And now we see, verse 27, what we saw already in verse 22, namely that the Father h.s. given to the Son authority to execute judgment. You see that in verse 22, the Father judges no one but has given all judgment to the Son, and then in verse 27, and He has given Him authority to execute judgment, and then you notice a reason is given: Because, because He is the Son of Man.
I’ve said this before but it bears repeating: Son of God, Son of Man. You see both of those phrases here, Son of God in verse 25, Son of Man in verse 27. Now we’re likely to misunderstand the phrase Son of Man and think, well, Son of God is a reference to His deity, and Son of Man is a reference to His humanity, and while it’s true that the Son is fully human, His incarnate state which continues, Son of Man here is actually a designation more of divinity than humanity. Son of Man. It comes from the book of Daniel.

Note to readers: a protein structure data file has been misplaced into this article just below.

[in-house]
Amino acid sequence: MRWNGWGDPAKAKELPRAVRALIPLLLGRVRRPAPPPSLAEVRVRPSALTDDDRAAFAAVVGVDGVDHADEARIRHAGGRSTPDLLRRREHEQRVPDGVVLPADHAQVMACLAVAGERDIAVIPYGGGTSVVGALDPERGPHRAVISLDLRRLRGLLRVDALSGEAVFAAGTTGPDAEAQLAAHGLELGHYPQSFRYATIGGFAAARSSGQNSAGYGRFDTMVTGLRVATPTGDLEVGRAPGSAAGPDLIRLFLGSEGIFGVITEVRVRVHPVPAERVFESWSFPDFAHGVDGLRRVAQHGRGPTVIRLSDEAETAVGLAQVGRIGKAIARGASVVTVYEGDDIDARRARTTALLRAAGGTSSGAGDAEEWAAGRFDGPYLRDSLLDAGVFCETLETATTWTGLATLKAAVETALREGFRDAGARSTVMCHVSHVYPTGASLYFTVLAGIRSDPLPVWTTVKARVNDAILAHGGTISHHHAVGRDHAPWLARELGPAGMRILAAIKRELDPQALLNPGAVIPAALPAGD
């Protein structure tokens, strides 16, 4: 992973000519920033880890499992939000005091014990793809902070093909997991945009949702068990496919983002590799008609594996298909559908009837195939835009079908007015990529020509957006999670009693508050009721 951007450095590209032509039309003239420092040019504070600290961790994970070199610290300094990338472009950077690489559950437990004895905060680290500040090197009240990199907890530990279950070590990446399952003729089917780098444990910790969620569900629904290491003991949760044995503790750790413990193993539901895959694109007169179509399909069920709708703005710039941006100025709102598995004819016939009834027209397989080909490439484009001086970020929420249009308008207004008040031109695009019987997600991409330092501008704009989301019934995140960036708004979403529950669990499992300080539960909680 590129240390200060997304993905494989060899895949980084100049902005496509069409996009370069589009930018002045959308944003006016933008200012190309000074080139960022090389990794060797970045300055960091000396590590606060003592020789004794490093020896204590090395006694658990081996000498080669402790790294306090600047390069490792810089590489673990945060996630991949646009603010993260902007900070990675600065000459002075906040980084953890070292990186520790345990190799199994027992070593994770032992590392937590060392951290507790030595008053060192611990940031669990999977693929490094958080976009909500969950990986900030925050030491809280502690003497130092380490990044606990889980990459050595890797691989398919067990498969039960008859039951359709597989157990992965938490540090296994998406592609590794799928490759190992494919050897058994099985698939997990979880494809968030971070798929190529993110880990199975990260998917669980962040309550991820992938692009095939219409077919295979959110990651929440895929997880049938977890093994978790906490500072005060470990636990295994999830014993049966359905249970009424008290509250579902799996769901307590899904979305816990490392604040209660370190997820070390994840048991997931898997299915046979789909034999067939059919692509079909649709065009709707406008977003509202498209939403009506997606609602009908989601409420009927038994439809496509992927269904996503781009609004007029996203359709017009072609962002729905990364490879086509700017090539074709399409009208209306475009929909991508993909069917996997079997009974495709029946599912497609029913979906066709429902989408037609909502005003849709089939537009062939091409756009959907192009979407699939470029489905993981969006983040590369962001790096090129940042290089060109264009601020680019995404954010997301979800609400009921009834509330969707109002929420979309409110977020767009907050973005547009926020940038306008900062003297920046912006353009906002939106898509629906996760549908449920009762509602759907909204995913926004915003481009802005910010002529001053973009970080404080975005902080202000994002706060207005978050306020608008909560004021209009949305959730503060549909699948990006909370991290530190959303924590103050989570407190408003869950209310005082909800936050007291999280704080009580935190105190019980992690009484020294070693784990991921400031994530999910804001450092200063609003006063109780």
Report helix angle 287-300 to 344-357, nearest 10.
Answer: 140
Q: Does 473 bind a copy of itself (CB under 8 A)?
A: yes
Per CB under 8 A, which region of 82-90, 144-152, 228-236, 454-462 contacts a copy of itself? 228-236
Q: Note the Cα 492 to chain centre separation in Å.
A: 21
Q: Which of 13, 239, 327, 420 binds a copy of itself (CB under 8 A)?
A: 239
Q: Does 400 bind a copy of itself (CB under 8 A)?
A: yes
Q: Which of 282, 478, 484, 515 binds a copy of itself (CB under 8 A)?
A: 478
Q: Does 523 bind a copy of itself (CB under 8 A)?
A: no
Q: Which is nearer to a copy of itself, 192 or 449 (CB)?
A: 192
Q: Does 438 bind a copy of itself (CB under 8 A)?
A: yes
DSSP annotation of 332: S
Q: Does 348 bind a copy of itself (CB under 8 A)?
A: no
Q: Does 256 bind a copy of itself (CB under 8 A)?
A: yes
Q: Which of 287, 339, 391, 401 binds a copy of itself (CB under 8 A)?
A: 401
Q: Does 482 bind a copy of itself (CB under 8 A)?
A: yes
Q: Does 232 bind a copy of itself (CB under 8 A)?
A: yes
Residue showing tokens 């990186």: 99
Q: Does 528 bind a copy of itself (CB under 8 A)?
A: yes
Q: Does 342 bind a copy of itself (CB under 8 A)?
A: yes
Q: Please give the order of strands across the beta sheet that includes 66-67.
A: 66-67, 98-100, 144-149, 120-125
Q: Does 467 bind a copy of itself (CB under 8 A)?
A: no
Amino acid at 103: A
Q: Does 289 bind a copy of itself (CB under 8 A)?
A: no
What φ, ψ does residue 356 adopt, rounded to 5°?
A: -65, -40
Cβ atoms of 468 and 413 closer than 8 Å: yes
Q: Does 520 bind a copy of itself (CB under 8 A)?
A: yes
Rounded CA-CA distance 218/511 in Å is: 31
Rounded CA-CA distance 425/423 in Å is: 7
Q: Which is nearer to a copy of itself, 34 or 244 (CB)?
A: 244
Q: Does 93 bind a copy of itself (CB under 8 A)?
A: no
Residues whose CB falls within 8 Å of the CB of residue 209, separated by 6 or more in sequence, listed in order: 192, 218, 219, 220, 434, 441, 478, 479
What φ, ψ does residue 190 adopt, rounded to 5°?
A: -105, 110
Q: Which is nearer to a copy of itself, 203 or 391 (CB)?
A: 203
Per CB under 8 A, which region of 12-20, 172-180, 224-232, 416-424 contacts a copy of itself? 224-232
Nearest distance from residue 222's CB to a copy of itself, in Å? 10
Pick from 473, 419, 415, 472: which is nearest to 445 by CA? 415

Turn back in the Old Testament, because you’ll want to see this if you haven’t seen it before, and make a note of it, because it will help you make sense of this language. Throughout the New Testament, it’s Jesus’ favorite self-designation. He refers to Himself as the Son of Man, and it comes from Daniel chapter 7. Isaiah, Jeremiah, Lamentations, Ezekiel, into Daniel before we get into the minor prophets.
Daniel, chapter 7, look at verse 9. Daniel’s having this vision and it says in Daniel 7, verse 9, “as I looked, thrones were placed and the Ancient of Days took His seat. His clothing was white as snow and the hair of His head like pure wool. His throne was fiery flames, its wheels were burning fire. A stream of fire issued and came out from before Him and thousand thousands served Him. And ten thousand times ten thousand stood before Him, the court sat in judgment, and the books were opened.”